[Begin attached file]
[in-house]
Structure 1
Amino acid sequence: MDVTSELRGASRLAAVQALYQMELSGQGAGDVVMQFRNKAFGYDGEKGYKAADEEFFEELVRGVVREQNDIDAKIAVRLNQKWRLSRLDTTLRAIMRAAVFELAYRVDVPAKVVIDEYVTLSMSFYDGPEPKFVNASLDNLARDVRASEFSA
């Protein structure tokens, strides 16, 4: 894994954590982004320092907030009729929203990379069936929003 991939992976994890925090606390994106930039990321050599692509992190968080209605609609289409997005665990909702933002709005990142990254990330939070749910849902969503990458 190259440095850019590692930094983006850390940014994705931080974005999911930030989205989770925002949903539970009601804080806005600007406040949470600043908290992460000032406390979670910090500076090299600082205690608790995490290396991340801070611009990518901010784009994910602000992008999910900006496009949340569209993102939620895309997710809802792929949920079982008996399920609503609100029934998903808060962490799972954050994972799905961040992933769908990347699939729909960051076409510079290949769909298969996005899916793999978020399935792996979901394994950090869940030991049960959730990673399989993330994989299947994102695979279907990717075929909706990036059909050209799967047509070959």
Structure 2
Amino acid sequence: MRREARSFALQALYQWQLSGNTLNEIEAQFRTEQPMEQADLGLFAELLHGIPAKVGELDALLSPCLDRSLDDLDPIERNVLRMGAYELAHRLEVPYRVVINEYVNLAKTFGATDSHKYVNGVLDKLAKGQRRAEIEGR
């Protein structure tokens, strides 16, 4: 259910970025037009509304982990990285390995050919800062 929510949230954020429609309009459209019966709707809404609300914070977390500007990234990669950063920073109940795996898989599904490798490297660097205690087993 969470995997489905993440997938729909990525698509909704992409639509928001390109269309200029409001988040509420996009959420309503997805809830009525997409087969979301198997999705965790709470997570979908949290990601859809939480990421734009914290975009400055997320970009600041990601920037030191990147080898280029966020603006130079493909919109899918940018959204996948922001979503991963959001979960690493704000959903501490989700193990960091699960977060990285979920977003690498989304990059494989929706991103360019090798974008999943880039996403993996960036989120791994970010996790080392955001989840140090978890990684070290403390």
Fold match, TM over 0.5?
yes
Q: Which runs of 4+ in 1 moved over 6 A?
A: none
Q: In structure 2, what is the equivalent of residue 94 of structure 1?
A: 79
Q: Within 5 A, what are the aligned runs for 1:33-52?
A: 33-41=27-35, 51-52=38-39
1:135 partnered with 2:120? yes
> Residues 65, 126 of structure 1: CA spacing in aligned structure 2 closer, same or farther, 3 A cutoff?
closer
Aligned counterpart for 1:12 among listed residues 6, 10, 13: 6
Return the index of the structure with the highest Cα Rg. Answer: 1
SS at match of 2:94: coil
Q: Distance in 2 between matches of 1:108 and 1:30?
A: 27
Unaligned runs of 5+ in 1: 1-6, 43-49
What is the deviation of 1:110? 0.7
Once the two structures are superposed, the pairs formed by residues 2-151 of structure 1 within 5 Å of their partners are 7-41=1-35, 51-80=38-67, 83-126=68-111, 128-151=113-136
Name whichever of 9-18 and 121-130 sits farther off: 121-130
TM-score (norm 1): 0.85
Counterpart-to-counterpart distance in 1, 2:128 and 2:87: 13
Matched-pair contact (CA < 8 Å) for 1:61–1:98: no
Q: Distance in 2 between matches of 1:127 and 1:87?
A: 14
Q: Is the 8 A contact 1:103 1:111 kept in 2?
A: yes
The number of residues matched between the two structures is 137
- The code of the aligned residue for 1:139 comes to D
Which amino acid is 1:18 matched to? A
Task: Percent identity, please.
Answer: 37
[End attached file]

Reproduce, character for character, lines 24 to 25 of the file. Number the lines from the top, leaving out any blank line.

Unaligned runs of 5+ in 1: 1-6, 43-49
What is the deviation of 1:110? 0.7